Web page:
Meet the new Graeme Smith – Dean Elgar

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TELFORD VICE, Hobart

THEY’RE both left-handed, they both open the batting, and they both take more than their fair share of defiance onto the field with them.

At least, Graeme Smith used to before his retirement in March 2014. Dean Elgar is still at it, currently on South Africa’s tour to Australia.

And the Aussies have noticed, not least because Elgar spent almost eight hours scoring 127 in the second innings of the first test at the WACA – where South Africa won by 177 runs on Monday.

“Most of them play their shots,” Australian fast bowler Josh Hazlewood said on Thursday in discussing South Africa’s batsmen.

“Except for Dean Elgar. He’s a bit of grinder and very patient.”

Which, of course, Elgar took as a compliment.

“That’s just my nature, to try and irritate the opposition,” Elgar said on Thursday with a satisfied smile. “I’m not practicing it. It just comes naturally.

“But if that’s the way they feel about it, it’s not a bad thing.

“It’s maybe an objective that I’ve achieved in the last test and it’s going to be something to work on more going into the second test and then possibly the third test.”

In other words, get used to it, Hazlewood and company.

Smith is made of similarly brash stuff, and he showed on Wednesday that retirement had not softened him by levelling charges of “a lack of confidence or self-belief or fighting in that set-up at the moment” at Australian cricket.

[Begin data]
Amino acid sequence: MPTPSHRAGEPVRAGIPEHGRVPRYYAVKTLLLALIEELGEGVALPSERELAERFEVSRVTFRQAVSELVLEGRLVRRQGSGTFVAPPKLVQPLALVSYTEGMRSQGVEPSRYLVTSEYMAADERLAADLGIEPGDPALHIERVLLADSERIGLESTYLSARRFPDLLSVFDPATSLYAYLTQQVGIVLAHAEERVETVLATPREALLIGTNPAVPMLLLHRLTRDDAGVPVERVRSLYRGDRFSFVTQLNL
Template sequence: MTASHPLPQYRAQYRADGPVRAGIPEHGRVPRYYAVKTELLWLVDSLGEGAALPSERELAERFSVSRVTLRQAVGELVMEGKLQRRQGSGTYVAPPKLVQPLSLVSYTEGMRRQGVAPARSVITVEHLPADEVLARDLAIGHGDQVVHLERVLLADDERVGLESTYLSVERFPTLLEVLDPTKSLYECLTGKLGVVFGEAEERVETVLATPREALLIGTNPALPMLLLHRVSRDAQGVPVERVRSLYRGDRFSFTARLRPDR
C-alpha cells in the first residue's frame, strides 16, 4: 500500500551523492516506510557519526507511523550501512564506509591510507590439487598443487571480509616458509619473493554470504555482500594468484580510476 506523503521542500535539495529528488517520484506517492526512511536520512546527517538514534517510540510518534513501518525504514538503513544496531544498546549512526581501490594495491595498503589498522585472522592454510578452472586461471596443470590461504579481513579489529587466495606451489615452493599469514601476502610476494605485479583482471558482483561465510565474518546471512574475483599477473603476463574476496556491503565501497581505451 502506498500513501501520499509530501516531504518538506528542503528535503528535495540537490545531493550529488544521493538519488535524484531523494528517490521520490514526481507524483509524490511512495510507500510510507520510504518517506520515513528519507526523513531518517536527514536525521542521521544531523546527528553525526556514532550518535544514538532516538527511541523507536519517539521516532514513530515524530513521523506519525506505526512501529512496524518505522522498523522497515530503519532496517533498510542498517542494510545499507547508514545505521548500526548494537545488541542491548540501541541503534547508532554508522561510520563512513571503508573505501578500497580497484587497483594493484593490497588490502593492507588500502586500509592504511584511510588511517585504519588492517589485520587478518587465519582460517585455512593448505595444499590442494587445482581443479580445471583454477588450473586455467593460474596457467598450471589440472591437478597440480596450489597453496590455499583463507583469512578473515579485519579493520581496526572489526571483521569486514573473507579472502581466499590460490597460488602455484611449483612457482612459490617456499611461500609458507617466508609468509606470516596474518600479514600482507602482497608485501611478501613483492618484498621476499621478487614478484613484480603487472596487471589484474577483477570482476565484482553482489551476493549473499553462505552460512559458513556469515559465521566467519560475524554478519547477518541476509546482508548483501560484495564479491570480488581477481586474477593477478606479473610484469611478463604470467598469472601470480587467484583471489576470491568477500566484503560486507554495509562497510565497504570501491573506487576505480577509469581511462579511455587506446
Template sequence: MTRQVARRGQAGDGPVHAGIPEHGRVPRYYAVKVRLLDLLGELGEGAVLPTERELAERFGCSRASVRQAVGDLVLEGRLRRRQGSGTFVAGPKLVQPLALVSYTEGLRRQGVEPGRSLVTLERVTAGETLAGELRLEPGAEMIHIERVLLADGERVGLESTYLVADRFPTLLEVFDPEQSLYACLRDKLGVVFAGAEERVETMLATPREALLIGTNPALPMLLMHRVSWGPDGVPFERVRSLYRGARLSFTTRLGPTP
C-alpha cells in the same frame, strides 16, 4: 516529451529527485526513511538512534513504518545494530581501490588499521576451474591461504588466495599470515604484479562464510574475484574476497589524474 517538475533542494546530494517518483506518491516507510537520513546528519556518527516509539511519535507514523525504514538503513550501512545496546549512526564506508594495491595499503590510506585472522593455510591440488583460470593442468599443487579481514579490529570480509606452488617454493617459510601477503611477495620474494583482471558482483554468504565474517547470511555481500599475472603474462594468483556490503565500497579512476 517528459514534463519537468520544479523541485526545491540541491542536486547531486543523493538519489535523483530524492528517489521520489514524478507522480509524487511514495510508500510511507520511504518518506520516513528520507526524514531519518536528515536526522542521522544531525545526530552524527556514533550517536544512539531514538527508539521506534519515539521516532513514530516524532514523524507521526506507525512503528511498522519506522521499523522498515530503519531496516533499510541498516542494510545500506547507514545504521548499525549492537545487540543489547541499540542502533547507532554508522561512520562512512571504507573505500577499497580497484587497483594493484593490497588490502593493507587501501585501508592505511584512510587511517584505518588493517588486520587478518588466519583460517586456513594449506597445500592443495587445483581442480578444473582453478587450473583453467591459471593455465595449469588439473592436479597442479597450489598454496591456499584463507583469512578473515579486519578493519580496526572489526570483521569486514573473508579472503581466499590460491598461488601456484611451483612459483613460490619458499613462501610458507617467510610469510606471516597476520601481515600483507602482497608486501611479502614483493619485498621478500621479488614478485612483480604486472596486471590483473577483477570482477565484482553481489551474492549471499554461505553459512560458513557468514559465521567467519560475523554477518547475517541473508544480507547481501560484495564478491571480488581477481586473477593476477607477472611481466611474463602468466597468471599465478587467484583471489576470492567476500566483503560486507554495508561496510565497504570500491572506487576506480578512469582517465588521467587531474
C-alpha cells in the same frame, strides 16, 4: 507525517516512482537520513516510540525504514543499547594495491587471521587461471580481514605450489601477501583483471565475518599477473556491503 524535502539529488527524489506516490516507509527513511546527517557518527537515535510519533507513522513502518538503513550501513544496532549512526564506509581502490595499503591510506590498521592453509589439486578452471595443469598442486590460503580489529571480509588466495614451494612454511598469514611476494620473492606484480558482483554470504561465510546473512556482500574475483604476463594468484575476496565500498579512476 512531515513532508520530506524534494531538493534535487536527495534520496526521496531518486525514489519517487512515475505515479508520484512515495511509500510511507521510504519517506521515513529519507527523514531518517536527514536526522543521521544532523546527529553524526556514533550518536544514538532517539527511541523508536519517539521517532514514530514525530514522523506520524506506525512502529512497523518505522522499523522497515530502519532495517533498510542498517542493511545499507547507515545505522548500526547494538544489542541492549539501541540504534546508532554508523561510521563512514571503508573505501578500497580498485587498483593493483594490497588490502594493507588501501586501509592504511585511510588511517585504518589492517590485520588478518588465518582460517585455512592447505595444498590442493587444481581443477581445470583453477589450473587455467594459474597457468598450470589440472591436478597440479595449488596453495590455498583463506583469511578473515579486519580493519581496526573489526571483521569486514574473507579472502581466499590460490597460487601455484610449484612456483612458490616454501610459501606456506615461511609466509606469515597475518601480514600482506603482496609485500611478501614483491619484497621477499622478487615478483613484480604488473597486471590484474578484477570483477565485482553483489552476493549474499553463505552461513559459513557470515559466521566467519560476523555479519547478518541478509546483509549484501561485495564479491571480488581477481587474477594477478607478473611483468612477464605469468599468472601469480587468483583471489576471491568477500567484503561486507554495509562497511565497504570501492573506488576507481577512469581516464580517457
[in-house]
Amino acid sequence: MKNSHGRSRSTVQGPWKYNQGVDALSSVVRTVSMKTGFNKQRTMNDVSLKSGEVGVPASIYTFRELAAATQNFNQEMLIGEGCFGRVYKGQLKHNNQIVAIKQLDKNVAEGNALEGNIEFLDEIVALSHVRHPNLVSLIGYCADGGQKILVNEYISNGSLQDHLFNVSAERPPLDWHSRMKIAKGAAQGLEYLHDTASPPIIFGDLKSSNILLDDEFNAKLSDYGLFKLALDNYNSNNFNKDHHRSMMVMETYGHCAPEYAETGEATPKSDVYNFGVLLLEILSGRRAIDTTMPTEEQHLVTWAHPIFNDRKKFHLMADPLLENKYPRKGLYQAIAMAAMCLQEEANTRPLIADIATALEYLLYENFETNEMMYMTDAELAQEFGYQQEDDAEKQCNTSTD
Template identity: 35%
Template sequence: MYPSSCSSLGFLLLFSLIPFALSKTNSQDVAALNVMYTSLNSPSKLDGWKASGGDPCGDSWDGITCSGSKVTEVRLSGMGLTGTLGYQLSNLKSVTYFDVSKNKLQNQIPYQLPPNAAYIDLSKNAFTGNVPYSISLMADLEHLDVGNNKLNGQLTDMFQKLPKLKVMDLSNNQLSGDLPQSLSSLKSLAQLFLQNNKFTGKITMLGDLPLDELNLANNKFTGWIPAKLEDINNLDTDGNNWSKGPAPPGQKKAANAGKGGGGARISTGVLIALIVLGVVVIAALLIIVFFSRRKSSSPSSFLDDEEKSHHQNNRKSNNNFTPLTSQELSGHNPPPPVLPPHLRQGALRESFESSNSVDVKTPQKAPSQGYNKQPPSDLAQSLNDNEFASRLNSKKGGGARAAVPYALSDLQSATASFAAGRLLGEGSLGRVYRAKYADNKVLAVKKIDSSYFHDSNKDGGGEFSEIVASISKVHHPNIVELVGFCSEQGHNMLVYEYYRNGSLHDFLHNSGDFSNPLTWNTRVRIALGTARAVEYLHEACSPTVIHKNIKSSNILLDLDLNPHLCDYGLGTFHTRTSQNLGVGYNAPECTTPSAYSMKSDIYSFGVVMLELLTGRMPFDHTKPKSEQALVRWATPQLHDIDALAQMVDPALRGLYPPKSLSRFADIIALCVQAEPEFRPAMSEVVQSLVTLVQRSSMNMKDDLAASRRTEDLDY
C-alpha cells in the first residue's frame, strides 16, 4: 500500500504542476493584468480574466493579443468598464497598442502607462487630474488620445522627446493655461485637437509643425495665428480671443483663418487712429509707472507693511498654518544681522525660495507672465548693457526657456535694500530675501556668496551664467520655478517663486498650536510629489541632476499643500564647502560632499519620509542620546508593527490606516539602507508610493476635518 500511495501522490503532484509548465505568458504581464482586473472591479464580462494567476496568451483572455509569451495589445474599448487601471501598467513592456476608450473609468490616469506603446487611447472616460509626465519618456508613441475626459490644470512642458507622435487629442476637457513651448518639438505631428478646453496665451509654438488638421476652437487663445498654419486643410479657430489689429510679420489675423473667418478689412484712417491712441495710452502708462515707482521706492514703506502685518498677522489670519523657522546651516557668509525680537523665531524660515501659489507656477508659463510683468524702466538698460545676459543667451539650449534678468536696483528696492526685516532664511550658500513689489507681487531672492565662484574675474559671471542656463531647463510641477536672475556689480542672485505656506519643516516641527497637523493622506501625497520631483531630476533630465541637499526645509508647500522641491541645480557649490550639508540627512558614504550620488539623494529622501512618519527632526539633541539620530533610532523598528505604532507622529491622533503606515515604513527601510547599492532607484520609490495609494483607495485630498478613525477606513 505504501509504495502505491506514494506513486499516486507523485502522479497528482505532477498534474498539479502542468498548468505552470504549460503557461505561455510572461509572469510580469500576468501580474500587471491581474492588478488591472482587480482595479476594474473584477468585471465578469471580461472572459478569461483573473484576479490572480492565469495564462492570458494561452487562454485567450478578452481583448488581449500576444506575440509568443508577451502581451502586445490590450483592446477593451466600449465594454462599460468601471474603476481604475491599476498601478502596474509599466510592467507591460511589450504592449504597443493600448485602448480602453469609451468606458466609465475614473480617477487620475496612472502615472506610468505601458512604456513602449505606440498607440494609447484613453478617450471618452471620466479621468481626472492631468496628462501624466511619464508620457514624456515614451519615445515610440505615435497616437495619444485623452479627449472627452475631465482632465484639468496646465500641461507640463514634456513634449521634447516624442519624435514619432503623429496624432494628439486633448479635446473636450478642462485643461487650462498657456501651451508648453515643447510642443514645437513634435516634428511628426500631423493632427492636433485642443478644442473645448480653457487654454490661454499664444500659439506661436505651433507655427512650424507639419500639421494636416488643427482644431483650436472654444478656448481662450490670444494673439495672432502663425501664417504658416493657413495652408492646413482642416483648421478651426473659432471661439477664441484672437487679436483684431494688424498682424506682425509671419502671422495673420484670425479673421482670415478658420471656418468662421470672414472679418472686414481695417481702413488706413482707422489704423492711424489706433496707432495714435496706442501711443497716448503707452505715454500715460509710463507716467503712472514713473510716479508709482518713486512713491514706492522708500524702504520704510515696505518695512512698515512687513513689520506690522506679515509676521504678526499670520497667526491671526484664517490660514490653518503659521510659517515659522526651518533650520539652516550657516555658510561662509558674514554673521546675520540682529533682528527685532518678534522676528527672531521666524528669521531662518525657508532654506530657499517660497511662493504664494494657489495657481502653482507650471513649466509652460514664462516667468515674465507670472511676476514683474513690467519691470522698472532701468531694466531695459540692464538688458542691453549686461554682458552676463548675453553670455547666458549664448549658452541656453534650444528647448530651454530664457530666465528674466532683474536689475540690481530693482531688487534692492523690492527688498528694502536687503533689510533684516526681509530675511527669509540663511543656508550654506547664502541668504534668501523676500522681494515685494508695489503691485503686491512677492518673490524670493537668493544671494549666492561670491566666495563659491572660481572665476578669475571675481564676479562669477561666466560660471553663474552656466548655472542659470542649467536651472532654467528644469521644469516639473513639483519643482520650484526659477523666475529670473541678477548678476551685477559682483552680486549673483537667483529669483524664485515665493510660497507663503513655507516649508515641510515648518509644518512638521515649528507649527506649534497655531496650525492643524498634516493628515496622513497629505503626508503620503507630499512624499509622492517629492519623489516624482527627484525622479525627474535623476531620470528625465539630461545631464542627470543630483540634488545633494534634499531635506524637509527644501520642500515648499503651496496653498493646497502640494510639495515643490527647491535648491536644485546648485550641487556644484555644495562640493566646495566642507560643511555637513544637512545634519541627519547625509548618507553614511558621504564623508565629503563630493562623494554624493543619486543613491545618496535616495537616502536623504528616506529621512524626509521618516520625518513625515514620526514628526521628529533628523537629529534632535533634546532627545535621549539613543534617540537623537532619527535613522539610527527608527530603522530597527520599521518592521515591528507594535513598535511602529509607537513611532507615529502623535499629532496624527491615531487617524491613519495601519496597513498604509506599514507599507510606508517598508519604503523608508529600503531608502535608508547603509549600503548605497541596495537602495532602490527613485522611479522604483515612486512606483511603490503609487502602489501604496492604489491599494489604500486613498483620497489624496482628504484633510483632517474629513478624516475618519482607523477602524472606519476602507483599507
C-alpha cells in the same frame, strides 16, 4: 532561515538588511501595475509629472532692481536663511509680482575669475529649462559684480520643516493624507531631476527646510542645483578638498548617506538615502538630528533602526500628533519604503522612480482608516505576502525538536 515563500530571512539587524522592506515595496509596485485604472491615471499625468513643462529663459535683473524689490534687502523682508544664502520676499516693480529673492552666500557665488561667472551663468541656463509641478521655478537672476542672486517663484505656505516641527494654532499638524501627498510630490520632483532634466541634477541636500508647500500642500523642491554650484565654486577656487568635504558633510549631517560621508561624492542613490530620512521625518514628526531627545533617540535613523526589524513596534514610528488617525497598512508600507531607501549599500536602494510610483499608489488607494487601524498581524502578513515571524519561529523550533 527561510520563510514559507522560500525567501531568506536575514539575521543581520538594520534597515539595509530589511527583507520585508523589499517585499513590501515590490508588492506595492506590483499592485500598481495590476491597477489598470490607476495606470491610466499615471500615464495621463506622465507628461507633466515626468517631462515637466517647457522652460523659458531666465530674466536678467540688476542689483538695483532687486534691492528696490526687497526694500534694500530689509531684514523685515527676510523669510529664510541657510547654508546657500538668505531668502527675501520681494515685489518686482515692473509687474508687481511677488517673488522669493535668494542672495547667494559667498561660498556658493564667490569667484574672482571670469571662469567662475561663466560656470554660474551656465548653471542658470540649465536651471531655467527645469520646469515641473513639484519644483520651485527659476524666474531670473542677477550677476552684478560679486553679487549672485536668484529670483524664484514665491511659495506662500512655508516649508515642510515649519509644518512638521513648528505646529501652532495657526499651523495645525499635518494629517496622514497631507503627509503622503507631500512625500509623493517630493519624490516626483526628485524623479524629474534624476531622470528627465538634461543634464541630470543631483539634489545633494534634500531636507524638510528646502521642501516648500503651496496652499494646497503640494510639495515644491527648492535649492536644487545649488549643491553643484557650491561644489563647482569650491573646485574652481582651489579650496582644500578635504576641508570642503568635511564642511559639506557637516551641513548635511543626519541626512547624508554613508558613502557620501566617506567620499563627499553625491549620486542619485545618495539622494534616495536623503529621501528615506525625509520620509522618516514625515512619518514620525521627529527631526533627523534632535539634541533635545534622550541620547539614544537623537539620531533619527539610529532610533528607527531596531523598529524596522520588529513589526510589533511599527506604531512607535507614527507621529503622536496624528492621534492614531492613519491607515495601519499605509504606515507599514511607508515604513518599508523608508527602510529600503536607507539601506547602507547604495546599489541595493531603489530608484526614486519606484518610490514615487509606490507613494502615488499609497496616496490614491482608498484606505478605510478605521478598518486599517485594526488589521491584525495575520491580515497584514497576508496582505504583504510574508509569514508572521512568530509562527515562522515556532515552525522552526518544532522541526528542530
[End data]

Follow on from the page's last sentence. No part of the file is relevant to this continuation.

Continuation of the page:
“It does show me that there is something that’s not right there,” Smith said.

Smith was Elgar’s captain in his first nine tests, and he admitted that Smith’s philosophy had rubbed off on him.

“I did admire the way he played the game and the way he approached his cricket,” Elgar said.

“I don’t think I ever thought I would like to emulate his technique, but his attitude, the way he played the game and the way he conducted himself off and on the field is something I looked up to.”

But Elgar wasn’t on the same page as Smith and his views of the game in Australia.

“I’m sure that’s just his personal dig,” Elgar said. “I don’t think there is a culture issue within the Australian side.

“We know they’re still a dangerous team and they can bounce back in the second test.” 

One of the differences between Smith and Elgar is 18 centimetres in height.

Another is that Smith doesn’t have to go out and face Australia’s bowlers in the second test in Hobart, which starts on Saturday.

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